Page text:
The features of effective team performance are set out in Brian Tuckman’s phases of team development theory, ‘Forming, Storming, Norming, Performing.’ This outlines the phases that a team will go through in order to become effective and reach maturity. At the ‘Forming’ stage of team development individual roles and responsibilities are unclear and each member of the team is concerned to avoid conflict with each other. From this point the team will go through the ‘Storming’ phase which is when they start to conflict as individuals put forward ideas which will be challenged by others in a bid to gain power and position over others. After this the ‘Norming’ phase follows and it is at this point that individual roles are defined and accepted
The second stage is the Storming stage this is where the team members address the issues at hand. This is when the team members may become argumentative and disagree. I think you will get to use your conclict resolution skills.
The Tuckman’s stages of team development (Levi, 2007) will be used as lens to evaluate the work of the group presentation. The Tuckman’s stages of team development consist of five stages of forming, storming, norming, performing and adjourning (Levi, 2007). In the forming stage we tend to know each other and figure out how we are going to run the presentation. At this stage, there was discomfort due to unfamiliarity together with confusion on how we will function together. The solution for that case was, everyone had each member contact detail, had a clear ground rules, as well as planned how we will accomplish our tasks. In addition, we also experienced the storming and norming stage. Levi (2007) says that the in the storming phase there are often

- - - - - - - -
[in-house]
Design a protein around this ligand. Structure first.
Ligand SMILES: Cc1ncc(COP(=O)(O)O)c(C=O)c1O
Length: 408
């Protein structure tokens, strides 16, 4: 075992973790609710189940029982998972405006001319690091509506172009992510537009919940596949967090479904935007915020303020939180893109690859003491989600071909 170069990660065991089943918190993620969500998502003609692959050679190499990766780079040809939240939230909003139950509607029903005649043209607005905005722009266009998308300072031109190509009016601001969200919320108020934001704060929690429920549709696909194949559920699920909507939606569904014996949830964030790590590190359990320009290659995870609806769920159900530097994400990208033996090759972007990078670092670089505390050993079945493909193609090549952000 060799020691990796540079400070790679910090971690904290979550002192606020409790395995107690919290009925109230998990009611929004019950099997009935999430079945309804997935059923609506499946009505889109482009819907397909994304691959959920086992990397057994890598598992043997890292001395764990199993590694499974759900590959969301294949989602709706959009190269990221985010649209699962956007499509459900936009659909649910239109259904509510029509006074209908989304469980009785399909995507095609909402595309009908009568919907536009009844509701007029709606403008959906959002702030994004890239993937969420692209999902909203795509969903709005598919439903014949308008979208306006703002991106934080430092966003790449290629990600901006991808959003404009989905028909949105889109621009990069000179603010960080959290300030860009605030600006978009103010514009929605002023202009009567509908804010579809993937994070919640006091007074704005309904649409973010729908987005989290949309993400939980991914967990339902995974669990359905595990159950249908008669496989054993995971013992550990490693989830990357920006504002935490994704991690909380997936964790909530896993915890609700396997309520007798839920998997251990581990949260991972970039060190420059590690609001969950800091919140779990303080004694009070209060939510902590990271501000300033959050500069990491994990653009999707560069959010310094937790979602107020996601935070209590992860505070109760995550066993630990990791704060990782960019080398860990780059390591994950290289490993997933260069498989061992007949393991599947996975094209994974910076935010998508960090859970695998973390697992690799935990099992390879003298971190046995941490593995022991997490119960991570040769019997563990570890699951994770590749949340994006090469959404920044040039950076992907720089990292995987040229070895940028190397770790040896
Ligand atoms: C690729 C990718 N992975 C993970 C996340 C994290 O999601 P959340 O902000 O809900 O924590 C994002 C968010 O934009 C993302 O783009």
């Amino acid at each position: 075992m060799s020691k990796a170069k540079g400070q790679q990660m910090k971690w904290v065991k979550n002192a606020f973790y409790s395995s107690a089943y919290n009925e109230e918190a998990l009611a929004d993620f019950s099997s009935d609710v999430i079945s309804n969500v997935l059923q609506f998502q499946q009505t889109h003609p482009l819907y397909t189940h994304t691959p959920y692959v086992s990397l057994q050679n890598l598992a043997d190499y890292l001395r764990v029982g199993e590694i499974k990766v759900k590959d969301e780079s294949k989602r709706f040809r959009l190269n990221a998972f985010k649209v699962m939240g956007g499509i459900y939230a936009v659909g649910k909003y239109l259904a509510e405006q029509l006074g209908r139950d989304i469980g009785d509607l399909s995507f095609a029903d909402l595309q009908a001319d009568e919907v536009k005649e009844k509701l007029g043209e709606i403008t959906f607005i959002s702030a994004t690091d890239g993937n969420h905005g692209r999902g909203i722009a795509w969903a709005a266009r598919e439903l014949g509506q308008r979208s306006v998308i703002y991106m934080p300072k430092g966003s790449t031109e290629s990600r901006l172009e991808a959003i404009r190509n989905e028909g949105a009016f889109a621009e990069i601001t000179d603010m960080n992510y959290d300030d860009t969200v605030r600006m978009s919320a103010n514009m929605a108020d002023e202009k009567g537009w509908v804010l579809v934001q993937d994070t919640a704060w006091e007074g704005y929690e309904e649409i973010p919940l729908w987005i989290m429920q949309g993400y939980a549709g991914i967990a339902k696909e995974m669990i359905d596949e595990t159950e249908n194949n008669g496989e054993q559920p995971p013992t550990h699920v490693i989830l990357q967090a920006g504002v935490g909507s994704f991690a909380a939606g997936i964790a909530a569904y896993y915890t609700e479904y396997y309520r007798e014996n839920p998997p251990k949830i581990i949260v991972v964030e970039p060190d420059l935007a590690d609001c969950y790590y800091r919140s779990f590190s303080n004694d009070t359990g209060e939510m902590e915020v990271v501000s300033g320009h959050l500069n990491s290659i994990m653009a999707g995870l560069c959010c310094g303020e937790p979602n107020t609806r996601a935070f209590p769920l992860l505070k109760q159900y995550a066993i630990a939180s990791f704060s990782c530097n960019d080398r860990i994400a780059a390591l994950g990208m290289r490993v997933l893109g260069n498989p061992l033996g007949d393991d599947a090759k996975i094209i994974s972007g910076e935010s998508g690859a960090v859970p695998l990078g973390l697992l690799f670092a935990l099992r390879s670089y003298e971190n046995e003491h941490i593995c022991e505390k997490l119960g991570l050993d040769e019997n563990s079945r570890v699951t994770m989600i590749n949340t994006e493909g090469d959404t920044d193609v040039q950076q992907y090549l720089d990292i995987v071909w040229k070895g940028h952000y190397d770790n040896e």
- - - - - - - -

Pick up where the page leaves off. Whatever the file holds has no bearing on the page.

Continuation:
This about how to work with groups and other team members, most of the time it is hard to do but with our jobs nowadays we have to do what we have to do. I like working with others for the most part, especially when they are motivated in getting the job done in a timely manner. Then we have some that just don’t want to help but want everybody else to do their work for them.
Bruce Tuckman refined his theory around 1975 and added a fifth stage to the Forming Storming Norming Performing model - he called it Adjourning, which is also referred to as Deforming and Mourning. Adjourning is arguably more of an adjunct to the original four stage model rather than an extension - it views the group from a perspective beyond the purpose of the first four stages. The Adjourning phase is certainly very relevant to the people in the group and their well-being, but not to the main task of managing and developing a team, which is clearly central to the original four stages.
This balance is often observed difficult to achieve, especially within the solution teams. This is mainly attributed to the team formation stages as described by the Bruce Tuckman’s model (1965). According to Tuckman, the team formation goes through the forming, storming, norming and performing stages in progression. In the forming stage, there is a high dependence on leader for guidance and direction. In the storming stage, team members vie for position as they attempt to
Storming is the second stage of the process in which the members start to see themselves as part of the team. This stage is “characterized by conflict and polarization around interpersonal issues, with concomitant emotional responding in the task sphere” (Tuckman, 396). The leader and the group members will have resilient disagreements with each other. Therefore, the group must try to negotiate through their variances and share their ideas open-mindedly to find a proposal. The group then tries to establish their rules, and responsibilities for each member to commence the process of achieving their